One result of this legal change was that some landlords refused to invest in their properties as a way of maintaining high profits. Rents were cheaper in 1919-1938, but the condition of homes declined with overcrowding a big problem across the northern industrial heartlands.
Likewise my hilarious quip about starving the entire island of Ireland to death was widely misrepresented. I only intended to starve southern Ireland to death.
One striking exception to this was the ‘Byker Wall’ development in 1968 to 1982 – a block of 620 maisonettes with colourful architecture and sensitive landscaping. Five years ago the estate was transferred to the Byker Community Trust and has £20m investment since 2012. It won an award in 2017 – ‘Best Post War Neighbourhood’ at the Academy of Urbanisation.
Children growing up in post-pandemic, recession-hit Brexit Britain will have many challenges as they face a shrinking job market, mounting debts and a future cut off from their European peers, denied the right to travel, work, live and fall in love across a union of what was 28 different countries.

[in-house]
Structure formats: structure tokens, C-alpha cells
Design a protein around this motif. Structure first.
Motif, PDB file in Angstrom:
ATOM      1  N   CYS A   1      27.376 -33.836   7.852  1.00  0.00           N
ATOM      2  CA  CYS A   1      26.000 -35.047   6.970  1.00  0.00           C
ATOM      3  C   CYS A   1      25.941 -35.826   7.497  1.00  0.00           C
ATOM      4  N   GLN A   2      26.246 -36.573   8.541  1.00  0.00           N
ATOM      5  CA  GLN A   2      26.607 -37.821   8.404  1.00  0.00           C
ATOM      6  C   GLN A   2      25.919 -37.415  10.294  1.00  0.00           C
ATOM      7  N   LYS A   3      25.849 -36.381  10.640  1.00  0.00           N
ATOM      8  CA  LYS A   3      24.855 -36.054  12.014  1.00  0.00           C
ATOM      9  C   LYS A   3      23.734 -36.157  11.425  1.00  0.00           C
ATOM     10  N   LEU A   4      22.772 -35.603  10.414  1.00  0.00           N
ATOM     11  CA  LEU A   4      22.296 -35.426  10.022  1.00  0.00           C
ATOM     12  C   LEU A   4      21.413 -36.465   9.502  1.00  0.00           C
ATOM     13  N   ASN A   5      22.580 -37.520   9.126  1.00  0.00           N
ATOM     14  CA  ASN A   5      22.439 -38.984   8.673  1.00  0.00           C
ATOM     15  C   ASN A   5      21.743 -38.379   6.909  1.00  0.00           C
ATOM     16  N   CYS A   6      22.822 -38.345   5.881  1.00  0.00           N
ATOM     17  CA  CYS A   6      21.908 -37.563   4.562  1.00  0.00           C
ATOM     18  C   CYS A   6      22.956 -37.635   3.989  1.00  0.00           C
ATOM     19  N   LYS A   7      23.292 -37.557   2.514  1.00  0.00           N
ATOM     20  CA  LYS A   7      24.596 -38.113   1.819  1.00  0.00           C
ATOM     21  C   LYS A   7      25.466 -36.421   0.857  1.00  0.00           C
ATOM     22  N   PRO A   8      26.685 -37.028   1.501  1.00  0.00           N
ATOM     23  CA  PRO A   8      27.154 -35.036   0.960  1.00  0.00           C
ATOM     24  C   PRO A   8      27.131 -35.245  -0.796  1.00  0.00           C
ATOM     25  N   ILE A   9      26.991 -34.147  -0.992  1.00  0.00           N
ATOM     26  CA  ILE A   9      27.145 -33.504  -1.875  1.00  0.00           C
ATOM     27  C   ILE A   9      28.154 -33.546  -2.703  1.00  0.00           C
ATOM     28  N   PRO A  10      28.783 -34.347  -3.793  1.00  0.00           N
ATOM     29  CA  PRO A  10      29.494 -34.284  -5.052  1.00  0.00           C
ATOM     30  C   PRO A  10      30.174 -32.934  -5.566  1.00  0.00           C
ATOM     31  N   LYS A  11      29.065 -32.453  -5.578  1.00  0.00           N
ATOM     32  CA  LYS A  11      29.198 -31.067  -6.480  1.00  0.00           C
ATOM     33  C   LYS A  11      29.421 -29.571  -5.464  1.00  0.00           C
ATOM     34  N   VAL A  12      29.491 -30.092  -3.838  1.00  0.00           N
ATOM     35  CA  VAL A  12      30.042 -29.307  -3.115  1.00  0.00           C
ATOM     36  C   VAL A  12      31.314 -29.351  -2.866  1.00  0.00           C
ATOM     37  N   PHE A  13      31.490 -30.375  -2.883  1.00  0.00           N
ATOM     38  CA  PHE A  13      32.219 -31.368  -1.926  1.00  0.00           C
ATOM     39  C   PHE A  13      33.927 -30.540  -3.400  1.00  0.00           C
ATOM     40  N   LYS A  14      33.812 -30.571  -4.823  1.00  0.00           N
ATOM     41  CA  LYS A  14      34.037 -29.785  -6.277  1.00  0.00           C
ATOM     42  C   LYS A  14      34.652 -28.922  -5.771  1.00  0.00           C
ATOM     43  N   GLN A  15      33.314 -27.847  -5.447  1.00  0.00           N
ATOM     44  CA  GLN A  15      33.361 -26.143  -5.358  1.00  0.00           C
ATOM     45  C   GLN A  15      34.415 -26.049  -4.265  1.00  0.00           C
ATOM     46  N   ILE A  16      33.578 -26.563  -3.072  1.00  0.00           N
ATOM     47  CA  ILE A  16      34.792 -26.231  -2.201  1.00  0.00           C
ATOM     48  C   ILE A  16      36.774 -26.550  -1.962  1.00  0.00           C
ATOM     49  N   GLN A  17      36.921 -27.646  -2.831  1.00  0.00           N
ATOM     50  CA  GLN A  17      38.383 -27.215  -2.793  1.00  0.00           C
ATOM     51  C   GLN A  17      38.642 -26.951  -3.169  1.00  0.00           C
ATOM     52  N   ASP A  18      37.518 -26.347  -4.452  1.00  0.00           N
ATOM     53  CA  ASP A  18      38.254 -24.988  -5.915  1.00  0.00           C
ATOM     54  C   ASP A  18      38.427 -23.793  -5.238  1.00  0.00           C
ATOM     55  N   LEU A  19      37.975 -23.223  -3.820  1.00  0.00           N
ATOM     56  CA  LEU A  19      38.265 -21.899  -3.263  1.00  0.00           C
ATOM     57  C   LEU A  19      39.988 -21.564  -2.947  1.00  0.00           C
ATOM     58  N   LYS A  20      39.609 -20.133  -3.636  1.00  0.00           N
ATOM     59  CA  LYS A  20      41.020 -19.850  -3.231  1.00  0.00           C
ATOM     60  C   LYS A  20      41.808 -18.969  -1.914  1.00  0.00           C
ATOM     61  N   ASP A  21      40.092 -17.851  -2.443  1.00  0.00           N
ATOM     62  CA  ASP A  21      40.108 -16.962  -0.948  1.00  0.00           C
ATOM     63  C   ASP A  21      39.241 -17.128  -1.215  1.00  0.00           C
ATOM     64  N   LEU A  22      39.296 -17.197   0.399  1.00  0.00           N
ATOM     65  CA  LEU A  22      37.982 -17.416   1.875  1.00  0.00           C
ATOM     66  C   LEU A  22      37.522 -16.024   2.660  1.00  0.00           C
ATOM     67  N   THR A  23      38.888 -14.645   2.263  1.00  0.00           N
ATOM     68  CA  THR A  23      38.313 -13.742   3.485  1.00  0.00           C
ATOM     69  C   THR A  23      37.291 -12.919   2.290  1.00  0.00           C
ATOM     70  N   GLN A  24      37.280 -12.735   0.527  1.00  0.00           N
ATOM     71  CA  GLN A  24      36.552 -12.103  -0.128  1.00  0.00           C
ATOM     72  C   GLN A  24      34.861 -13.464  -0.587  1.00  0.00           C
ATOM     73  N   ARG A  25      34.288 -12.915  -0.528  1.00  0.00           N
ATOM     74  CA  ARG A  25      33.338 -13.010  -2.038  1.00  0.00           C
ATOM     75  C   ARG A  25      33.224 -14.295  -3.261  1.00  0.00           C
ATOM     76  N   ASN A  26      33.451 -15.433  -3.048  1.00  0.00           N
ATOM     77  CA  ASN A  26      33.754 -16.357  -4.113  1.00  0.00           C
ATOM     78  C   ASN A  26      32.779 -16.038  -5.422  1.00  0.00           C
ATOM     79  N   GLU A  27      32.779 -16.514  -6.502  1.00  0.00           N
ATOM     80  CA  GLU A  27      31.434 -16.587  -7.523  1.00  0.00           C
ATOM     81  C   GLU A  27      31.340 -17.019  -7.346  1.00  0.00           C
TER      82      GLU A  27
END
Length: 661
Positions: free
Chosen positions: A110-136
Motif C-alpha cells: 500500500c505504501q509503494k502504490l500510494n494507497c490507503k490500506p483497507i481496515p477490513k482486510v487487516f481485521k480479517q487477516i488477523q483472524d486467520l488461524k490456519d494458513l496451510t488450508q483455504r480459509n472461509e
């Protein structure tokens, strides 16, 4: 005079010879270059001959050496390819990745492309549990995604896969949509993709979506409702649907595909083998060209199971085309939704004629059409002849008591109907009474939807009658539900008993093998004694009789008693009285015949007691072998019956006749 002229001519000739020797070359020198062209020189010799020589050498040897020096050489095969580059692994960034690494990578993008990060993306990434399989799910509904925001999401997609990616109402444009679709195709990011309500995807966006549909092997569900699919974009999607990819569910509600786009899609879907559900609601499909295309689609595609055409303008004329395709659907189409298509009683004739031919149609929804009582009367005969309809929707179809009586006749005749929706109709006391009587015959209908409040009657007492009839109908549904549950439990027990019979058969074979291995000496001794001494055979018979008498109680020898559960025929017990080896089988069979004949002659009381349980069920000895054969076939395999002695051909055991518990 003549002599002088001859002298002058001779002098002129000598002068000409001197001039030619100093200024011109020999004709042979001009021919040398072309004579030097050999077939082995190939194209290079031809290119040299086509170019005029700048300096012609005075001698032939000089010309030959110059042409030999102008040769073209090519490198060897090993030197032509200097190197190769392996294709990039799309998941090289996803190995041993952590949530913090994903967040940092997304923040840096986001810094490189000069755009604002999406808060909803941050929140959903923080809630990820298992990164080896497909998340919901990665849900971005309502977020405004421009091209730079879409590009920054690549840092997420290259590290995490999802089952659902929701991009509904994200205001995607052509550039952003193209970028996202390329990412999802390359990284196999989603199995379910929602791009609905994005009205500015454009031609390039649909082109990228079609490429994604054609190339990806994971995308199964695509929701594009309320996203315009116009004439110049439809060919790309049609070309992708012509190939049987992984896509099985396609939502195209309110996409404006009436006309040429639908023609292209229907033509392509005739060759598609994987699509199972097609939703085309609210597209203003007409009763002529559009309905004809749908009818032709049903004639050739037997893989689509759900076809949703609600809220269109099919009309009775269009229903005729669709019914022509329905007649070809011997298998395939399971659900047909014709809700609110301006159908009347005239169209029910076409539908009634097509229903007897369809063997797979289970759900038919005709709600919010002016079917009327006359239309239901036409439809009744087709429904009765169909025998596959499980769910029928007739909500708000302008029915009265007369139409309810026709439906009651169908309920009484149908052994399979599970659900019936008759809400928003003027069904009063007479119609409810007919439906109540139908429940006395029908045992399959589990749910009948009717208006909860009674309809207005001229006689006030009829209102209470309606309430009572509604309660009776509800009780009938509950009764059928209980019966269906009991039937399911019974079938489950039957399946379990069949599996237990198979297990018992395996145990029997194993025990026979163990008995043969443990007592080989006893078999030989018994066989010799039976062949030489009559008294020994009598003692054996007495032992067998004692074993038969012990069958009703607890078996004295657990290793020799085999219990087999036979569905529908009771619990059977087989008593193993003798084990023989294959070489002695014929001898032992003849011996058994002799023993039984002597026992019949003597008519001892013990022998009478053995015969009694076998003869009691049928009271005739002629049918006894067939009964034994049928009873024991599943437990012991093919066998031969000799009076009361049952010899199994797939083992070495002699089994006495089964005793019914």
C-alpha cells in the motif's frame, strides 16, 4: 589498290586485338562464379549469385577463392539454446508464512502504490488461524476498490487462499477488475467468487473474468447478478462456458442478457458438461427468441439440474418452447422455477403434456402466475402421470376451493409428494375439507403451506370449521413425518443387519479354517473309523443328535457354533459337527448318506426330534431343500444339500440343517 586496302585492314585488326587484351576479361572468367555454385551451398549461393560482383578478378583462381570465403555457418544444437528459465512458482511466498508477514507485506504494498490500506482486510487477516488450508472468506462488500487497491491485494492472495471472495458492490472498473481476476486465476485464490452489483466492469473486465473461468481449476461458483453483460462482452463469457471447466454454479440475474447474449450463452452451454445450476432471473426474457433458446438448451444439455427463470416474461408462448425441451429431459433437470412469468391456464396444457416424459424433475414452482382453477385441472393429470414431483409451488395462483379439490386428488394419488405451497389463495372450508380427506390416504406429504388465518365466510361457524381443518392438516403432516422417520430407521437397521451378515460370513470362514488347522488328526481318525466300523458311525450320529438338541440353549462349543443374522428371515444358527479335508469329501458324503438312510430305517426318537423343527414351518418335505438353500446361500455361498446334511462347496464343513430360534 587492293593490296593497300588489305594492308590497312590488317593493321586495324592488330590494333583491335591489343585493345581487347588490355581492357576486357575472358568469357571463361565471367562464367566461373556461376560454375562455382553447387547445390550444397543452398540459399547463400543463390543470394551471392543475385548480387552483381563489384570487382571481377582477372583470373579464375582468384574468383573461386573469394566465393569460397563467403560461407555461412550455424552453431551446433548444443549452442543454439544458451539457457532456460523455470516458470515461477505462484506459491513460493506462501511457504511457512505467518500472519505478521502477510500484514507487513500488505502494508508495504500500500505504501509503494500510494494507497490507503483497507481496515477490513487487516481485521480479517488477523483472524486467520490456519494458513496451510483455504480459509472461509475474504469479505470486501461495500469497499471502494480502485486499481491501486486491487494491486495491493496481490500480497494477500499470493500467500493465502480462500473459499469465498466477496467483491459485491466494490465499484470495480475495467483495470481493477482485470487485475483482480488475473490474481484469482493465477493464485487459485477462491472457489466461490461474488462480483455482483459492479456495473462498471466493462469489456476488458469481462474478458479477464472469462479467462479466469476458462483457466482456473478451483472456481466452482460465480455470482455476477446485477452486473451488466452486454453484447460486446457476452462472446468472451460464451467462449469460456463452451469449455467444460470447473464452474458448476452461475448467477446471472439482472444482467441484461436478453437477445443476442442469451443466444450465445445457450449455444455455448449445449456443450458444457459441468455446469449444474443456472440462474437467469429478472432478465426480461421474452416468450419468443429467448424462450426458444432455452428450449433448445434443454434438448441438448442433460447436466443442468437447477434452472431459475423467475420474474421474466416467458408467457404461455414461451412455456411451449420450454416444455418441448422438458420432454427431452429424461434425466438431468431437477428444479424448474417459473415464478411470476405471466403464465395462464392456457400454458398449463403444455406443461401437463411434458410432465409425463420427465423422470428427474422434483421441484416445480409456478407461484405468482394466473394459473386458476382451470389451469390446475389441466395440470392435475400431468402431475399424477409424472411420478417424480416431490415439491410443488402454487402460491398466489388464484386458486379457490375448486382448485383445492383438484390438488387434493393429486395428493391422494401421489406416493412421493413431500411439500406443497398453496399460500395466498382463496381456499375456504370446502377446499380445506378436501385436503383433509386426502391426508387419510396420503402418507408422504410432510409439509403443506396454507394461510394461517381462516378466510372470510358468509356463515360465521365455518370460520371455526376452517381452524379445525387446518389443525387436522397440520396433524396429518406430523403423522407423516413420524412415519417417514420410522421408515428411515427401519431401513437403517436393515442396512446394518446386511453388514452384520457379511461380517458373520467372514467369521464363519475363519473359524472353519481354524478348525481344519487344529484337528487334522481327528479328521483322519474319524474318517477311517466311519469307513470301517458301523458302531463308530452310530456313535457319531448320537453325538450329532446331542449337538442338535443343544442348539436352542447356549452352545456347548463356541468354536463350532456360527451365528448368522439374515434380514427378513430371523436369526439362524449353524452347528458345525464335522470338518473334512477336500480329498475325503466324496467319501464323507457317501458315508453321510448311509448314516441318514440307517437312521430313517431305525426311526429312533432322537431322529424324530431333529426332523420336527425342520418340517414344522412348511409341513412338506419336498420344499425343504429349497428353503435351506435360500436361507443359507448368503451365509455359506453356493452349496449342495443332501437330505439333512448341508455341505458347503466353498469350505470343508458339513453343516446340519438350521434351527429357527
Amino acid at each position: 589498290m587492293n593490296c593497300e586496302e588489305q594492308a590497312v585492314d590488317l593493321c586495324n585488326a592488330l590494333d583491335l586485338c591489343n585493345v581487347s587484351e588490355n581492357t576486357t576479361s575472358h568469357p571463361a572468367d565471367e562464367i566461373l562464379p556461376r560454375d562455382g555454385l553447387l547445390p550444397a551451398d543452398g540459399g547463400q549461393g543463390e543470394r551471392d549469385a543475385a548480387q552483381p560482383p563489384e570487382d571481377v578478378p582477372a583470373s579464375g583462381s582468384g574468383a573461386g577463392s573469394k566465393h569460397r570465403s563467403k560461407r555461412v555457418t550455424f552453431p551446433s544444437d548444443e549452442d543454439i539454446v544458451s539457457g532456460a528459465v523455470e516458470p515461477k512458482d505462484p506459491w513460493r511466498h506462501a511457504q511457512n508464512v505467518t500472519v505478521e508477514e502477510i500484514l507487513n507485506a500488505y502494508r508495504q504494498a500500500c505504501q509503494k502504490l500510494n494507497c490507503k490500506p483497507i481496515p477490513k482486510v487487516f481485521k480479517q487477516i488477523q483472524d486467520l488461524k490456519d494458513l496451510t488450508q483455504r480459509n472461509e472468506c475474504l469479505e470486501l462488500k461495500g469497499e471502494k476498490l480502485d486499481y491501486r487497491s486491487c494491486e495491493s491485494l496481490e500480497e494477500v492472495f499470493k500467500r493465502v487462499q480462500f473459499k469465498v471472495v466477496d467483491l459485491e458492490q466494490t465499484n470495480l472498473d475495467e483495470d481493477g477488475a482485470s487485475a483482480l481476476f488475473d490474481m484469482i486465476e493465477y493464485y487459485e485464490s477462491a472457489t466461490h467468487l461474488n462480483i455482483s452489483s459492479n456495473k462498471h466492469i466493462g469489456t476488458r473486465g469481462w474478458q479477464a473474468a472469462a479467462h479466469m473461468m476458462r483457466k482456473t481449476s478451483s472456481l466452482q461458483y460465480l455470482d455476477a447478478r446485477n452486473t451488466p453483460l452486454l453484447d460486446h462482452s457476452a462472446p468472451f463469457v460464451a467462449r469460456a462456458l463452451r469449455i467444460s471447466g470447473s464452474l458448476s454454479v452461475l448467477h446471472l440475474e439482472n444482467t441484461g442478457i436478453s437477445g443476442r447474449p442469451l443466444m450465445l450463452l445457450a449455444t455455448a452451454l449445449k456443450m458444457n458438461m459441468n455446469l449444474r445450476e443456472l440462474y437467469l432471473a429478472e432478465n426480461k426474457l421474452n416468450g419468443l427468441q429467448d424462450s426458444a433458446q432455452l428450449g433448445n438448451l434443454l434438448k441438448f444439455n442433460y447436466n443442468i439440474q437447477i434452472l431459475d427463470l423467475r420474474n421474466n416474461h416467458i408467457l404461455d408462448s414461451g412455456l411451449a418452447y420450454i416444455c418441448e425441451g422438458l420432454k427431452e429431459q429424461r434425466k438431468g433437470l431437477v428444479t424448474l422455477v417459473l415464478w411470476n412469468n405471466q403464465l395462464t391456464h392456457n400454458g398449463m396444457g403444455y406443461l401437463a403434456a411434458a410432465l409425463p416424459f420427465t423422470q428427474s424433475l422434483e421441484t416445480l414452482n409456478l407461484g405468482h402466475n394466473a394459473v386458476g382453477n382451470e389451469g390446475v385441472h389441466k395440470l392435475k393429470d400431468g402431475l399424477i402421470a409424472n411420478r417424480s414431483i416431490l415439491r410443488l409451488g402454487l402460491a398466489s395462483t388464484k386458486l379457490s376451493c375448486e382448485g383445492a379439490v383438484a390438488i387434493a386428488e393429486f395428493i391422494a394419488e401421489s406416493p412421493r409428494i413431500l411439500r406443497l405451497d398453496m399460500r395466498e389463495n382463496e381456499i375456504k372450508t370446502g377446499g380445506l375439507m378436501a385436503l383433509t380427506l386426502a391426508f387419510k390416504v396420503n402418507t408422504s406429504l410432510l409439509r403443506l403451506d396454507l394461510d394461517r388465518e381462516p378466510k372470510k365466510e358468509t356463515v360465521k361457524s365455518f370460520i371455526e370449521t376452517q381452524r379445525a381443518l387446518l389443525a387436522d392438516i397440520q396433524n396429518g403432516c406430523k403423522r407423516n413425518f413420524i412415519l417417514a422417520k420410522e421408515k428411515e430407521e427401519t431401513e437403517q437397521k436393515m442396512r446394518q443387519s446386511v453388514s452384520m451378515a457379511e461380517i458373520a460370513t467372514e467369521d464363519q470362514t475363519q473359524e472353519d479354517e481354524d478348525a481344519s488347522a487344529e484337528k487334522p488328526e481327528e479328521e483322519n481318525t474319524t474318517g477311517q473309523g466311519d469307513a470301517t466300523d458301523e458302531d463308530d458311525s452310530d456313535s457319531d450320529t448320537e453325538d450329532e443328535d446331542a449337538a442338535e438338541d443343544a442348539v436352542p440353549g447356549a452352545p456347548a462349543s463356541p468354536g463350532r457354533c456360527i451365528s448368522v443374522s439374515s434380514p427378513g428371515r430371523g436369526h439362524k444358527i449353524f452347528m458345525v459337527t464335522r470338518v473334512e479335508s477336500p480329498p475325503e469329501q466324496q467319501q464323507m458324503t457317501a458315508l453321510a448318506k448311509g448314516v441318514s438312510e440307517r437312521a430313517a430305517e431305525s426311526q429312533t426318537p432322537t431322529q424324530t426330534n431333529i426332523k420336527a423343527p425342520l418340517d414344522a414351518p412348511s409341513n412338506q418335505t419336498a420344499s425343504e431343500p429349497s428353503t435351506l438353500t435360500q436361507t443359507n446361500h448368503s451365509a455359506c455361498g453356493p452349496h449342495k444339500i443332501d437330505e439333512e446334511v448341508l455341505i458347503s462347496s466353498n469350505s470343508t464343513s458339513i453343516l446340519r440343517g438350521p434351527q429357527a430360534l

There remains a real danger that UKIP or even Nigel Farage’s re-launched Brexit Party into the new Reform Party could become more racialised. If Boris Johnson’s Brexit strategy and programme fails to deliver in the North and Midlands, these parties could enjoy a future resurgence in the region’s urban towns and coastal communities. They already hold a number of council seats in both Hartlepool and Sunderland, and they polled well in local elections in Newcastle’s east end.
Witness, for example, the hesitation of the government earlier in the year to initiate a lockdown. Did we hear cautionary voices saying “the British will not acquiesce in this, they love their liberty too much”? (you certainly found them in the Spectator). But when the lockdown came, people just got on with it, clapped along, and failed to rebel at all (at least not until the famous incident at Barnard Castle.) So, when people started to become cynical about lockdown, who was behind it?
Normalising emergency food aid as a response to child poverty is both stigmatising and completely unsustainable in the long term.